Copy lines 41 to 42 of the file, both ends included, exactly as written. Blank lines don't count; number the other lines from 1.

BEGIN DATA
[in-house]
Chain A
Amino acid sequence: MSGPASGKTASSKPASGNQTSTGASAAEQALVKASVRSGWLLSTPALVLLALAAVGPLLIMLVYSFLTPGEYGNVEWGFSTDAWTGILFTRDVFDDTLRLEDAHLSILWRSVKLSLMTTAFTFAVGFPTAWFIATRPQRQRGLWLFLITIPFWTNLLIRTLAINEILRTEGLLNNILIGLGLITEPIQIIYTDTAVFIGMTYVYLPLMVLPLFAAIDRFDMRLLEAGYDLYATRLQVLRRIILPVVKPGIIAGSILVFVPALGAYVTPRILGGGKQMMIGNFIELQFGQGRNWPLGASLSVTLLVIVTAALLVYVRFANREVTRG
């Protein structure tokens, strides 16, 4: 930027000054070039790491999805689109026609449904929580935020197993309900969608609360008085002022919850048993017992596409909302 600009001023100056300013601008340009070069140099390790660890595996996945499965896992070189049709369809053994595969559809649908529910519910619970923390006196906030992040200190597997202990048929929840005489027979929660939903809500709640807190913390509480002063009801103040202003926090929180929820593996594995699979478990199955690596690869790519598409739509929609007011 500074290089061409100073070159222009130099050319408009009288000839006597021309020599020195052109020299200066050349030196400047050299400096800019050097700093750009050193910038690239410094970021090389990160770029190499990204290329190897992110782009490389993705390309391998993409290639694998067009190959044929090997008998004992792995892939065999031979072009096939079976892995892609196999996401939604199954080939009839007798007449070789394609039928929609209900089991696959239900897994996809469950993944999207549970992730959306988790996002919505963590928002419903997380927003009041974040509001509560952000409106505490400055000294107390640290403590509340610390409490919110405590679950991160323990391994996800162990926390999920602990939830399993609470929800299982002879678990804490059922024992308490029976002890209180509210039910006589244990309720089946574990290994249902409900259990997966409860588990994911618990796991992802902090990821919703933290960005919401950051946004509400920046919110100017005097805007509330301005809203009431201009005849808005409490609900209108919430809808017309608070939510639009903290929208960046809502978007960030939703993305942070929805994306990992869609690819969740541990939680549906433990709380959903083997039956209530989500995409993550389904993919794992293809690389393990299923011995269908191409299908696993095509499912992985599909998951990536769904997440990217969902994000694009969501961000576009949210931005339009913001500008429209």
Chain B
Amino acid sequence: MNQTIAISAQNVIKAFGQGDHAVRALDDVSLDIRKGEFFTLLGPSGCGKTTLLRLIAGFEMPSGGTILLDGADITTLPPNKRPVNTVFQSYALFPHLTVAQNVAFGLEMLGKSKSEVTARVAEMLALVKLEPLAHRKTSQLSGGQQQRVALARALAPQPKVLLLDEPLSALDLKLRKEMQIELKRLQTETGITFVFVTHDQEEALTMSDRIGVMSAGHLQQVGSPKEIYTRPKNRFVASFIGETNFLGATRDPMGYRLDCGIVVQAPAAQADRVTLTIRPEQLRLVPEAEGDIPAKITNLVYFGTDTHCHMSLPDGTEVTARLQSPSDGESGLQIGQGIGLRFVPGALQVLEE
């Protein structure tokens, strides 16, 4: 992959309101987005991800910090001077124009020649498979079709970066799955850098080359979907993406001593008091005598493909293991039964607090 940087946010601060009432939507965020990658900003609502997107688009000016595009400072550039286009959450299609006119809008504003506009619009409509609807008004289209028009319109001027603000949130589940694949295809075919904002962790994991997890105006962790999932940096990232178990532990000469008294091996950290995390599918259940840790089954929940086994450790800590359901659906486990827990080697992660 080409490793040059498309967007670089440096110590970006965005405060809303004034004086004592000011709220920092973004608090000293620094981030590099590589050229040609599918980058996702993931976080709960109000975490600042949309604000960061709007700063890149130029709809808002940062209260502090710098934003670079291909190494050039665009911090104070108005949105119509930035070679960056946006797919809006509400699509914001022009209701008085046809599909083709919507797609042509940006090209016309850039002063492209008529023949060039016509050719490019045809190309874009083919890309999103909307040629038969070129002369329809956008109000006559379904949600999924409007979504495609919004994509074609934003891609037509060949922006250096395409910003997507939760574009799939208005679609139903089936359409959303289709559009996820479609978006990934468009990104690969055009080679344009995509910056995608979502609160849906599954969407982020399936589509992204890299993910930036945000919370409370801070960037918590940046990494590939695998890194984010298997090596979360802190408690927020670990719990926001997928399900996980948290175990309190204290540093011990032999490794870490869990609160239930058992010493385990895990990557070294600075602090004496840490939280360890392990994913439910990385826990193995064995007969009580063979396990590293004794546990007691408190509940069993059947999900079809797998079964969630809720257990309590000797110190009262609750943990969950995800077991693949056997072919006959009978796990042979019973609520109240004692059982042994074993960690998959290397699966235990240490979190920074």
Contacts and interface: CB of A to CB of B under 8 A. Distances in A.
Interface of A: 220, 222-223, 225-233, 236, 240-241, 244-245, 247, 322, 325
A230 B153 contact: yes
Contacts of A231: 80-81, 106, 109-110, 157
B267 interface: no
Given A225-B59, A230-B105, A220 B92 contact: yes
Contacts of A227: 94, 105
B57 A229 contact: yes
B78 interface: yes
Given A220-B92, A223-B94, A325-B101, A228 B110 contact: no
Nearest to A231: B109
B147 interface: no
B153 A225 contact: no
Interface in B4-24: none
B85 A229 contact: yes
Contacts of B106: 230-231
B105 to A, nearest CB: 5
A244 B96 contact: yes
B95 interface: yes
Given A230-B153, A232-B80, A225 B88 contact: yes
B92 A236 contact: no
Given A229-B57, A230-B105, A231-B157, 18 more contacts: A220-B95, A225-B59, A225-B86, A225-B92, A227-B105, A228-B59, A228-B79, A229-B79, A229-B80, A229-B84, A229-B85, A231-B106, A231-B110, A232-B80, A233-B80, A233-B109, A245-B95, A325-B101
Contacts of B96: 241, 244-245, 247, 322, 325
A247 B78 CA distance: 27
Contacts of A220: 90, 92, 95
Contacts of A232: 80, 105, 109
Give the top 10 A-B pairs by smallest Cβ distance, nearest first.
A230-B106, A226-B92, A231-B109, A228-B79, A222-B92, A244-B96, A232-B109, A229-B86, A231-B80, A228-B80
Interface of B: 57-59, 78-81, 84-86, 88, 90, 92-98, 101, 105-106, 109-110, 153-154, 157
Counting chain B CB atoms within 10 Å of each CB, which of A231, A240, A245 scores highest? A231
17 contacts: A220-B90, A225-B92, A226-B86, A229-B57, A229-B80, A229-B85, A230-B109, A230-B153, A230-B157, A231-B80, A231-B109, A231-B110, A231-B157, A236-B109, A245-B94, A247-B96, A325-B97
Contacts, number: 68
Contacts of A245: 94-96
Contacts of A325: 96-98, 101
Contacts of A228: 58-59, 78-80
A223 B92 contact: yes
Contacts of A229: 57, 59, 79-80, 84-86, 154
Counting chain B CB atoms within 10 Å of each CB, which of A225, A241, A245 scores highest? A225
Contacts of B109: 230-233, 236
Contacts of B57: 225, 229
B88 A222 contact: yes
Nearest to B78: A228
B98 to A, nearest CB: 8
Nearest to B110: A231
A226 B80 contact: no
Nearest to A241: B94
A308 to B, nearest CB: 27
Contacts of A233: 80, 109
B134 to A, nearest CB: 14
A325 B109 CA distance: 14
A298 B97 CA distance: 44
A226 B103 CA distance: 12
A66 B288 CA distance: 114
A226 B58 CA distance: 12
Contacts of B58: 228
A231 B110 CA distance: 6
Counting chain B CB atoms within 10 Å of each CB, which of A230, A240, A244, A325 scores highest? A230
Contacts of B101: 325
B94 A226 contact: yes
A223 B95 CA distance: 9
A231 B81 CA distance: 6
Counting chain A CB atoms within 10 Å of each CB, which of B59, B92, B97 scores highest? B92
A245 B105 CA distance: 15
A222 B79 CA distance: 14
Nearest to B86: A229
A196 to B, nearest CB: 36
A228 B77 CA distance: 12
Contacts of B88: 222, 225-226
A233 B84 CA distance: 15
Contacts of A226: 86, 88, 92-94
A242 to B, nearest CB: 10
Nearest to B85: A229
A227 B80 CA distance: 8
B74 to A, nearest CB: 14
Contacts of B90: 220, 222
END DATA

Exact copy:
Contacts of A325: 96-98, 101
Contacts of A228: 58-59, 78-80